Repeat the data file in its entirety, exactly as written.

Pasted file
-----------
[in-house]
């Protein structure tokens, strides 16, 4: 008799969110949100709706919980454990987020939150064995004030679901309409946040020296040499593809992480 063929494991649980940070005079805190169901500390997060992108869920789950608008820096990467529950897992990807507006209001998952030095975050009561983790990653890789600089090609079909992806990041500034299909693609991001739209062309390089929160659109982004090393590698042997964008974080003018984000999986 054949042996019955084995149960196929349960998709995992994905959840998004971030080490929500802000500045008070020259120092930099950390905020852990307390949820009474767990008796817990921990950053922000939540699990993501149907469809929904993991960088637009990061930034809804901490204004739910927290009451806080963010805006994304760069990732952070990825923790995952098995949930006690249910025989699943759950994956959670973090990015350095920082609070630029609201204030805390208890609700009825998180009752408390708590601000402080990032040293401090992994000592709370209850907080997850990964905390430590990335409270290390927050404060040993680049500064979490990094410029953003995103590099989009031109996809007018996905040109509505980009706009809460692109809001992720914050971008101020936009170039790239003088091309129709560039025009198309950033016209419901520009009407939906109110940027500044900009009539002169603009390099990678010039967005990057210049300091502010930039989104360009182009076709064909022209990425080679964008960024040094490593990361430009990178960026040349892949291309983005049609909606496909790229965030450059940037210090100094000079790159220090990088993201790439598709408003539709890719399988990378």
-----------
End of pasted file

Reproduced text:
[in-house]
């Protein structure tokens, strides 16, 4: 008799969110949100709706919980454990987020939150064995004030679901309409946040020296040499593809992480 063929494991649980940070005079805190169901500390997060992108869920789950608008820096990467529950897992990807507006209001998952030095975050009561983790990653890789600089090609079909992806990041500034299909693609991001739209062309390089929160659109982004090393590698042997964008974080003018984000999986 054949042996019955084995149960196929349960998709995992994905959840998004971030080490929500802000500045008070020259120092930099950390905020852990307390949820009474767990008796817990921990950053922000939540699990993501149907469809929904993991960088637009990061930034809804901490204004739910927290009451806080963010805006994304760069990732952070990825923790995952098995949930006690249910025989699943759950994956959670973090990015350095920082609070630029609201204030805390208890609700009825998180009752408390708590601000402080990032040293401090992994000592709370209850907080997850990964905390430590990335409270290390927050404060040993680049500064979490990094410029953003995103590099989009031109996809007018996905040109509505980009706009809460692109809001992720914050971008101020936009170039790239003088091309129709560039025009198309950033016209419901520009009407939906109110940027500044900009009539002169603009390099990678010039967005990057210049300091502010930039989104360009182009076709064909022209990425080679964008960024040094490593990361430009990178960026040349892949291309983005049609909606496909790229965030450059940037210090100094000079790159220090990088993201790439598709408003539709890719399988990378």